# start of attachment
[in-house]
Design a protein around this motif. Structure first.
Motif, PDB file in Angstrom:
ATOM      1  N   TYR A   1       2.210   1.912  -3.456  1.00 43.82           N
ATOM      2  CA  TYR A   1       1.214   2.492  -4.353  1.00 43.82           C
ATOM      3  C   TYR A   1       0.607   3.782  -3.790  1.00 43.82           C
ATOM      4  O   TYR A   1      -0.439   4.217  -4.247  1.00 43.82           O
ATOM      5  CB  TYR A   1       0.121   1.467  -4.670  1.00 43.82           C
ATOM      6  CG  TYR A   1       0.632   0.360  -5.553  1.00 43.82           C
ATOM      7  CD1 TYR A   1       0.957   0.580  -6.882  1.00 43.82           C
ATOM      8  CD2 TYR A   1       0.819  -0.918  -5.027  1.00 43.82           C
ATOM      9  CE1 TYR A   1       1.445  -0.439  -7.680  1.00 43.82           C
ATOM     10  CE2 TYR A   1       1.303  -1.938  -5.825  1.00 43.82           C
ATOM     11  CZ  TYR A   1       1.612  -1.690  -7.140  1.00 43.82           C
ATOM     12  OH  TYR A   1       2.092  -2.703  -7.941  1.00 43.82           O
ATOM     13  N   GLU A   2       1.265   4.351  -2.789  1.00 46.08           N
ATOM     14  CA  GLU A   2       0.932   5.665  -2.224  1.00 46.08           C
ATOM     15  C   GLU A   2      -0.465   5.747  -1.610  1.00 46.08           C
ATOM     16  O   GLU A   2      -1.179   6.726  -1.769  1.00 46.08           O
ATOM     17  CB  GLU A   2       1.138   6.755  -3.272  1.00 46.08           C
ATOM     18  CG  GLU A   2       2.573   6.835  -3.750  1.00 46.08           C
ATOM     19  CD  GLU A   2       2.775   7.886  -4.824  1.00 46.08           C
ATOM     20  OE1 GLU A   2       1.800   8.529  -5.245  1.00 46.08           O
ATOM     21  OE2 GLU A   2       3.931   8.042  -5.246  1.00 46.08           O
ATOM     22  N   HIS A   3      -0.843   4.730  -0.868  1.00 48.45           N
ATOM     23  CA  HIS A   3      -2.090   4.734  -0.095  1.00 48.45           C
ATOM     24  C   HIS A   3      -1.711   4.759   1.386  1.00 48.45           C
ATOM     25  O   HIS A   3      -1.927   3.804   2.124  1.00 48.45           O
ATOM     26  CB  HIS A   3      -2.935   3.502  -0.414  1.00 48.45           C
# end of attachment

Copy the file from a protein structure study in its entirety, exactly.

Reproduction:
[in-house]
Design a protein around this motif. Structure first.
Motif, PDB file in Angstrom:
ATOM      1  N   TYR A   1       2.210   1.912  -3.456  1.00 43.82           N
ATOM      2  CA  TYR A   1       1.214   2.492  -4.353  1.00 43.82           C
ATOM      3  C   TYR A   1       0.607   3.782  -3.790  1.00 43.82           C
ATOM      4  O   TYR A   1      -0.439   4.217  -4.247  1.00 43.82           O
ATOM      5  CB  TYR A   1       0.121   1.467  -4.670  1.00 43.82           C
ATOM      6  CG  TYR A   1       0.632   0.360  -5.553  1.00 43.82           C
ATOM      7  CD1 TYR A   1       0.957   0.580  -6.882  1.00 43.82           C
ATOM      8  CD2 TYR A   1       0.819  -0.918  -5.027  1.00 43.82           C
ATOM      9  CE1 TYR A   1       1.445  -0.439  -7.680  1.00 43.82           C
ATOM     10  CE2 TYR A   1       1.303  -1.938  -5.825  1.00 43.82           C
ATOM     11  CZ  TYR A   1       1.612  -1.690  -7.140  1.00 43.82           C
ATOM     12  OH  TYR A   1       2.092  -2.703  -7.941  1.00 43.82           O
ATOM     13  N   GLU A   2       1.265   4.351  -2.789  1.00 46.08           N
ATOM     14  CA  GLU A   2       0.932   5.665  -2.224  1.00 46.08           C
ATOM     15  C   GLU A   2      -0.465   5.747  -1.610  1.00 46.08           C
ATOM     16  O   GLU A   2      -1.179   6.726  -1.769  1.00 46.08           O
ATOM     17  CB  GLU A   2       1.138   6.755  -3.272  1.00 46.08           C
ATOM     18  CG  GLU A   2       2.573   6.835  -3.750  1.00 46.08           C
ATOM     19  CD  GLU A   2       2.775   7.886  -4.824  1.00 46.08           C
ATOM     20  OE1 GLU A   2       1.800   8.529  -5.245  1.00 46.08           O
ATOM     21  OE2 GLU A   2       3.931   8.042  -5.246  1.00 46.08           O
ATOM     22  N   HIS A   3      -0.843   4.730  -0.868  1.00 48.45           N
ATOM     23  CA  HIS A   3      -2.090   4.734  -0.095  1.00 48.45           C
ATOM     24  C   HIS A   3      -1.711   4.759   1.386  1.00 48.45           C
ATOM     25  O   HIS A   3      -1.927   3.804   2.124  1.00 48.45           O
ATOM     26  CB  HIS A   3      -2.935   3.502  -0.414  1.00 48.45           C